Recent policy changes with the Austin FD concerning speed limits while running emergency with lights and sirens has me asking; why run lights and sirens at all?
But it did get me to looking at my departments responses and how many of them are true "emergencies".
Even though we do not have a written policy, fire alarms are generally treated as a non emergency response especially if it is a "general fire alarm" and no exact location in the building, or the "I've fallen and I can't get up" calls, will get a non response. But yet we run a vehicle fire on a remote county road at 3 am as an emergency.
Another local department runs "trash fires",or a check for fire, etc as a non emergency call.
Does your department differentiate between emergency or non, or do all calls get an emergency response?
First, regarding Austin and doing the speed limit. Running lights and sirens should clear traffic, even if going the speed limit and making it so one does arrive sooner. Take FDNY for example, running in the traffic there, really isn't much more than the speed limit, but clearing traffic, makes it quicker to get on scene. That is what I think the basis is about. I don't know and never been to Austin.
For our dept we treat fire alarms as true emergencies and send a full fire call. It is up to the Battalion chief to downgrade or just send the first due rig if dispatch gets a proper cancellation code. However, the first due engine will still check it out. Trash fires, and investigate are non-emergent calls for us, but may upgrade if close to a building.
Another reason to not trust the PD's word: We recently had a fire where it was food on the stove. The occupant extinguished the fire with a towel. PD arrived said it was food on the stove, but the FD continued in emergent. First in pump went to investigate and all other units stood by. They started finding more smoke than usual and found a bedroom fully involved. The occupant went to open windows and dropped the still smoldering towel in a clothes pile. The FD got the fire out quick, but just an example of why we don't take someone else's word and we still check things out on our own.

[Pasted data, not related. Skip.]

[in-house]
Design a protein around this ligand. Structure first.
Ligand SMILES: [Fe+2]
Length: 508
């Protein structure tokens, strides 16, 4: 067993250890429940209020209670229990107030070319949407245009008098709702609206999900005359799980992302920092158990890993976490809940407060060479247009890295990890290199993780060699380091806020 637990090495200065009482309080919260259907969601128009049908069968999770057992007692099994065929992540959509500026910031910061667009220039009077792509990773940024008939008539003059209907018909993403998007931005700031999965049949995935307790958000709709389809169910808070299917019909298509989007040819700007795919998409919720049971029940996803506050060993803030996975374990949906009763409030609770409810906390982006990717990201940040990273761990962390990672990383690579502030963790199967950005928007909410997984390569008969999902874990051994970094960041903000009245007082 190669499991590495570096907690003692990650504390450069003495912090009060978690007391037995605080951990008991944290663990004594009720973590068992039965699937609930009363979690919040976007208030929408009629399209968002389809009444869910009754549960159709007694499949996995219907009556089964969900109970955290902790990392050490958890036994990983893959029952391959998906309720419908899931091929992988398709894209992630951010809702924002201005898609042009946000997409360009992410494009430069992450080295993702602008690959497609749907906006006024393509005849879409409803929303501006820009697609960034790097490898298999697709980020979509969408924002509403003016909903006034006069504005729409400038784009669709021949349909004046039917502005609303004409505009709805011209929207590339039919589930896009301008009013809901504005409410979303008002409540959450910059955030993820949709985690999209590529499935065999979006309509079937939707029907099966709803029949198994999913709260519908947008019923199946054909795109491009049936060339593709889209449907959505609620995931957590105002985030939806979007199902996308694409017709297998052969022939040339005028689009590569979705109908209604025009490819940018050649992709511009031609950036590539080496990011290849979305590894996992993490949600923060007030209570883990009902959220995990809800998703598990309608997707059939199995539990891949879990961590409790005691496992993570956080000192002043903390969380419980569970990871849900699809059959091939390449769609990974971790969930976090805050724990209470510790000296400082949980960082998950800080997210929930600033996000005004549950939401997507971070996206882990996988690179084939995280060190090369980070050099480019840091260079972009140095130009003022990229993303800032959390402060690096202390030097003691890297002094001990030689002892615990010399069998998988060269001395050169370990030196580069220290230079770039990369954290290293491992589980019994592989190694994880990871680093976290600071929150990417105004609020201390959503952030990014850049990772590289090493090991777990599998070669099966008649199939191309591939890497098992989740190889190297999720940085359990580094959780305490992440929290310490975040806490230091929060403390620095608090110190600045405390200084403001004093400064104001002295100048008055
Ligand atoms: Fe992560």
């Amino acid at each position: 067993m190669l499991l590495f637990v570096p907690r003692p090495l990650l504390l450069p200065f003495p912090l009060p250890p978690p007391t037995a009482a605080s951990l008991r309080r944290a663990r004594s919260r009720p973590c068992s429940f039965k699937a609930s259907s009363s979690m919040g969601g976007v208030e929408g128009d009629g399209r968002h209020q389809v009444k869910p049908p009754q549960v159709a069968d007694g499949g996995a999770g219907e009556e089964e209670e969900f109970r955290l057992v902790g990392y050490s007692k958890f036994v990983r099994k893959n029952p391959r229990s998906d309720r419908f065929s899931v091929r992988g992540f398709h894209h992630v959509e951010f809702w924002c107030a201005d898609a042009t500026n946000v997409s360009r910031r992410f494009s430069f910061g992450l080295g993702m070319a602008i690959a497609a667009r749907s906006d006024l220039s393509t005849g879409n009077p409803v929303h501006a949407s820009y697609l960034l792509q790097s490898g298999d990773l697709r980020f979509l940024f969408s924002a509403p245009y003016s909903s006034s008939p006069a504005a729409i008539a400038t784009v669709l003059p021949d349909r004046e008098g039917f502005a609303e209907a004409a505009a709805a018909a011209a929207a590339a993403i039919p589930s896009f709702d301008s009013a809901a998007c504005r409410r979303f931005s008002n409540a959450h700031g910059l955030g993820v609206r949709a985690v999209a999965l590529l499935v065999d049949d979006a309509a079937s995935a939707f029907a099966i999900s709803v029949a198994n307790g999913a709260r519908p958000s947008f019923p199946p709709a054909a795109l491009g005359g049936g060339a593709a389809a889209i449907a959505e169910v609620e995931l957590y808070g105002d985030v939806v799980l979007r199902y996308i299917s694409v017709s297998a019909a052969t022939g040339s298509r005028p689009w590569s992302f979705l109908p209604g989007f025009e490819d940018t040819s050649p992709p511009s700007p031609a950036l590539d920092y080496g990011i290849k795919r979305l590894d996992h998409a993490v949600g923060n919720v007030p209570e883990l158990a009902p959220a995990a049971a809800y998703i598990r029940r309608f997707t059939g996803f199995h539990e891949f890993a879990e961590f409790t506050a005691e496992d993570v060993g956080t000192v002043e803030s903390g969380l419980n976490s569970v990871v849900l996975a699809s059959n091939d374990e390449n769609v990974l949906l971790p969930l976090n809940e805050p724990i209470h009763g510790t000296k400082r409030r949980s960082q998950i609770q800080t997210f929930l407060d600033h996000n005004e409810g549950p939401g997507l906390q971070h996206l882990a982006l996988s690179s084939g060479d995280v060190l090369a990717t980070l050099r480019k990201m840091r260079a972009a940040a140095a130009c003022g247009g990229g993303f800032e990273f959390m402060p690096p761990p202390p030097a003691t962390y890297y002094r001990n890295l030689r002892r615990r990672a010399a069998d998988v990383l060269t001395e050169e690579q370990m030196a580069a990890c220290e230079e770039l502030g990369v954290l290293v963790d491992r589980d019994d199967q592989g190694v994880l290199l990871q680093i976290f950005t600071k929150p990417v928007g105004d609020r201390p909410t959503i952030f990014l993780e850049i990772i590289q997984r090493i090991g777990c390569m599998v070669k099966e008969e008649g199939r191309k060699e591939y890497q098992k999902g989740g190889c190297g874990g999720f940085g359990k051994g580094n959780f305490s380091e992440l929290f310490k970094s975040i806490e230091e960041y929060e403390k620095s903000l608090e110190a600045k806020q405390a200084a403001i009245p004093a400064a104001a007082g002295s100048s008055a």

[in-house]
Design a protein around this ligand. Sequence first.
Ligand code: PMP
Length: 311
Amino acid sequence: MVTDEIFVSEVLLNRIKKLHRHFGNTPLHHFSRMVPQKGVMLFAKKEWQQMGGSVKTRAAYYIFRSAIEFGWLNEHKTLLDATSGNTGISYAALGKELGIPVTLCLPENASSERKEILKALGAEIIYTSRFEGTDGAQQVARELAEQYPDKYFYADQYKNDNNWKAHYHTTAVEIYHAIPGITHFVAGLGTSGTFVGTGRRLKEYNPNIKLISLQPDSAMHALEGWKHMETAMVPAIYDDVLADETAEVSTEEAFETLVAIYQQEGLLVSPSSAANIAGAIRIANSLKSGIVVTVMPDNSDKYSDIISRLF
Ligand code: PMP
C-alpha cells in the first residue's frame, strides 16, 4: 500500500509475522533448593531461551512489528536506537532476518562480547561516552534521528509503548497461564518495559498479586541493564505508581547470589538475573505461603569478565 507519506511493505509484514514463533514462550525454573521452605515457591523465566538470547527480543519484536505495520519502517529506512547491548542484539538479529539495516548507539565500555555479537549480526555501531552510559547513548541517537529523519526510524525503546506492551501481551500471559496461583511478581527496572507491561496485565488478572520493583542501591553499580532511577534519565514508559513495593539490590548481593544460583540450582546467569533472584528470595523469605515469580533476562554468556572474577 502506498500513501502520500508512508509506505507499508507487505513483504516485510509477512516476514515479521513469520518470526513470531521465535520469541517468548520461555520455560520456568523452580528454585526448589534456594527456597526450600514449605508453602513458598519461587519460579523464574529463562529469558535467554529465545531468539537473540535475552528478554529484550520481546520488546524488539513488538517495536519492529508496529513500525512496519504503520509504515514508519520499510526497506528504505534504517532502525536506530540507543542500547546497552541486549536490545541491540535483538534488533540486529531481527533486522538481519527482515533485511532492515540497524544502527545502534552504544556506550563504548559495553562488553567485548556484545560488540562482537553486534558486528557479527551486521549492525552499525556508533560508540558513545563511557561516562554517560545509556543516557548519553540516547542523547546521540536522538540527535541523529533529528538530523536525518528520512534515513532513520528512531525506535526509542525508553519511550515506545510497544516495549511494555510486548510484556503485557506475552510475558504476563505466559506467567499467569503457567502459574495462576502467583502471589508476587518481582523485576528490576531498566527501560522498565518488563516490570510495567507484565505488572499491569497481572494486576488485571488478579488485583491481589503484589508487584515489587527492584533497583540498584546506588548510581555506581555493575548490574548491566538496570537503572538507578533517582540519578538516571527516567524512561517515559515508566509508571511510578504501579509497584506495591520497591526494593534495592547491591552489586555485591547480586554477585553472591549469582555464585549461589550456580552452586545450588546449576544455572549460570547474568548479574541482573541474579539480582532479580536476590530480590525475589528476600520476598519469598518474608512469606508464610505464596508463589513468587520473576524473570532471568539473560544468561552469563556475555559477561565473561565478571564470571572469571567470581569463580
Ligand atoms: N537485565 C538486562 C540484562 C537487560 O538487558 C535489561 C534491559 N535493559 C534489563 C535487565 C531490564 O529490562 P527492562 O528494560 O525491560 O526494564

We have written SOP’s for what gets an emergency response and what does not.
Different types of fire or medical calls get different responses.
Any alarm in a structure gets an emergency response until we have a unit on scene you never know.
Trash or dumpster and most woods fires are non emergency calls. Not knowing the different in an emergency and non emergency call will come in to play in court after an accident. Having a written policy can help save the department if it is followed.
A fire alarm is not considered a service call until we arrive and determine the AFA was false. I would like to see your defense to a lawsuit, when you arrived and someone was hangin out of a window and see's you pull up slow like - driving miss daisy. What about response with alot of traffic lights enroute. Flow of traffic response could take 10-12 minutes? How about having a policy and training on driving SAFE??? Oh that would be too difficult to manage and enforce so lets just go flow of traffic... Called being a supervisor and handling the situation. IMHO there are too many officers who want to be paid the step increase but want to still act like a firefighter.
Our Response Policy;
AFA without any additional information: first due is running code 3, the rest of the box alarm is flow of traffic.
Additional info, reported smoke with AFA, or building fire everyone is running code 3.
we have policies in place that dictate lights or no lights. About half of our calls we'll respond non-emergency. Also, on medical calls, based on the information that dispatch receives, they will advise whether all units run hot, closest unit only runs hot or none. 99% of the time units will respond based on what dispatch advises but there are times the officer on board can make the decision to upgrade the response if they deem it necessary.
As far as traffic goes, we have 5 traffic lights on an 10 mile stretch of highway. The county roads have deep flood control ditches which prohibit vehicles from moving over much, (even if they wanted to) so speed isn't an issue. Drivers training? EVOC once a year, mandatory for all operators.
Being a rural/suburban area, there may be 25 structures in our response area which have monitored alarm systems, and we make most of them 2 or 3 times a year. Now if the alarm company gives us a specific zone, and not a "general" alarm, then it's an emergency. Average response time in this area 4 1/2 minutes.
Your point is well taken, and I'm sure that if the 60% projected growth in this area takes place as predicted, then to our tactics will adjust as well.
Our dispatchers follow our policy for calls such as structure fire, rescue, AFA to be classified as 'emergency'. Bin fires, MVA with no injuries, child left in locked car (illegal here) are non-emergency. The OiC of the primary appliance, the first truck out, can upgrade if thought necessary - usually when there are no police or ambulance already at the MVA, or in hot weather for child locked in car calls.